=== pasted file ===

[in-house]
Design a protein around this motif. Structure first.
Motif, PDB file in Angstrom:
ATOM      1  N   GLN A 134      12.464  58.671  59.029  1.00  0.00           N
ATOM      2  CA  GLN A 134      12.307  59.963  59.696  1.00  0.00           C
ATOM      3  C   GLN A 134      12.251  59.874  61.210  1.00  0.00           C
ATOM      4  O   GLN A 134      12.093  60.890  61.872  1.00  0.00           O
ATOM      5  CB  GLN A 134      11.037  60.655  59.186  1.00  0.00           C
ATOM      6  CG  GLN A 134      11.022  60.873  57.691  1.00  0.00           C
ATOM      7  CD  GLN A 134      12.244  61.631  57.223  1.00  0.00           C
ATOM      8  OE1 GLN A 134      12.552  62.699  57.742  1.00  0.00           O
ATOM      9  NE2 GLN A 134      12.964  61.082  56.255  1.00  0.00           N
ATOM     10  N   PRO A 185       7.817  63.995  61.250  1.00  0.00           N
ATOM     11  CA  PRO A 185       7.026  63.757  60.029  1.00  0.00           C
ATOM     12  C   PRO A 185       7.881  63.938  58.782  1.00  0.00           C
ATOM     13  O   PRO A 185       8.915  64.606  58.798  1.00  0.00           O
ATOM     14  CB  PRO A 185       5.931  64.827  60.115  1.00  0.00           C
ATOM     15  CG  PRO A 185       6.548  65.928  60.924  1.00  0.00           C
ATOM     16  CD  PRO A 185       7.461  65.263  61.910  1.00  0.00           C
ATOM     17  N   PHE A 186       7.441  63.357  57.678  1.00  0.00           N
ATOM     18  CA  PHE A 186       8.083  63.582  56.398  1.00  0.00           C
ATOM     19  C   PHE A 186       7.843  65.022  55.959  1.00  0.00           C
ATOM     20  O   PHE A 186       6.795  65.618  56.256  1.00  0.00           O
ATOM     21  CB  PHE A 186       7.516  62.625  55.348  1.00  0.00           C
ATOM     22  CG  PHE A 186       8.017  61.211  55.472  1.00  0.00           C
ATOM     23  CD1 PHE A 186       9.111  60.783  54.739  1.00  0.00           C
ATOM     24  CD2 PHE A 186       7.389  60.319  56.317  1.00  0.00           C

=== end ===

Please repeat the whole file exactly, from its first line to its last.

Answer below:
[in-house]
Design a protein around this motif. Structure first.
Motif, PDB file in Angstrom:
ATOM      1  N   GLN A 134      12.464  58.671  59.029  1.00  0.00           N
ATOM      2  CA  GLN A 134      12.307  59.963  59.696  1.00  0.00           C
ATOM      3  C   GLN A 134      12.251  59.874  61.210  1.00  0.00           C
ATOM      4  O   GLN A 134      12.093  60.890  61.872  1.00  0.00           O
ATOM      5  CB  GLN A 134      11.037  60.655  59.186  1.00  0.00           C
ATOM      6  CG  GLN A 134      11.022  60.873  57.691  1.00  0.00           C
ATOM      7  CD  GLN A 134      12.244  61.631  57.223  1.00  0.00           C
ATOM      8  OE1 GLN A 134      12.552  62.699  57.742  1.00  0.00           O
ATOM      9  NE2 GLN A 134      12.964  61.082  56.255  1.00  0.00           N
ATOM     10  N   PRO A 185       7.817  63.995  61.250  1.00  0.00           N
ATOM     11  CA  PRO A 185       7.026  63.757  60.029  1.00  0.00           C
ATOM     12  C   PRO A 185       7.881  63.938  58.782  1.00  0.00           C
ATOM     13  O   PRO A 185       8.915  64.606  58.798  1.00  0.00           O
ATOM     14  CB  PRO A 185       5.931  64.827  60.115  1.00  0.00           C
ATOM     15  CG  PRO A 185       6.548  65.928  60.924  1.00  0.00           C
ATOM     16  CD  PRO A 185       7.461  65.263  61.910  1.00  0.00           C
ATOM     17  N   PHE A 186       7.441  63.357  57.678  1.00  0.00           N
ATOM     18  CA  PHE A 186       8.083  63.582  56.398  1.00  0.00           C
ATOM     19  C   PHE A 186       7.843  65.022  55.959  1.00  0.00           C
ATOM     20  O   PHE A 186       6.795  65.618  56.256  1.00  0.00           O
ATOM     21  CB  PHE A 186       7.516  62.625  55.348  1.00  0.00           C
ATOM     22  CG  PHE A 186       8.017  61.211  55.472  1.00  0.00           C
ATOM     23  CD1 PHE A 186       9.111  60.783  54.739  1.00  0.00           C
ATOM     24  CD2 PHE A 186       7.389  60.319  56.317  1.00  0.00           C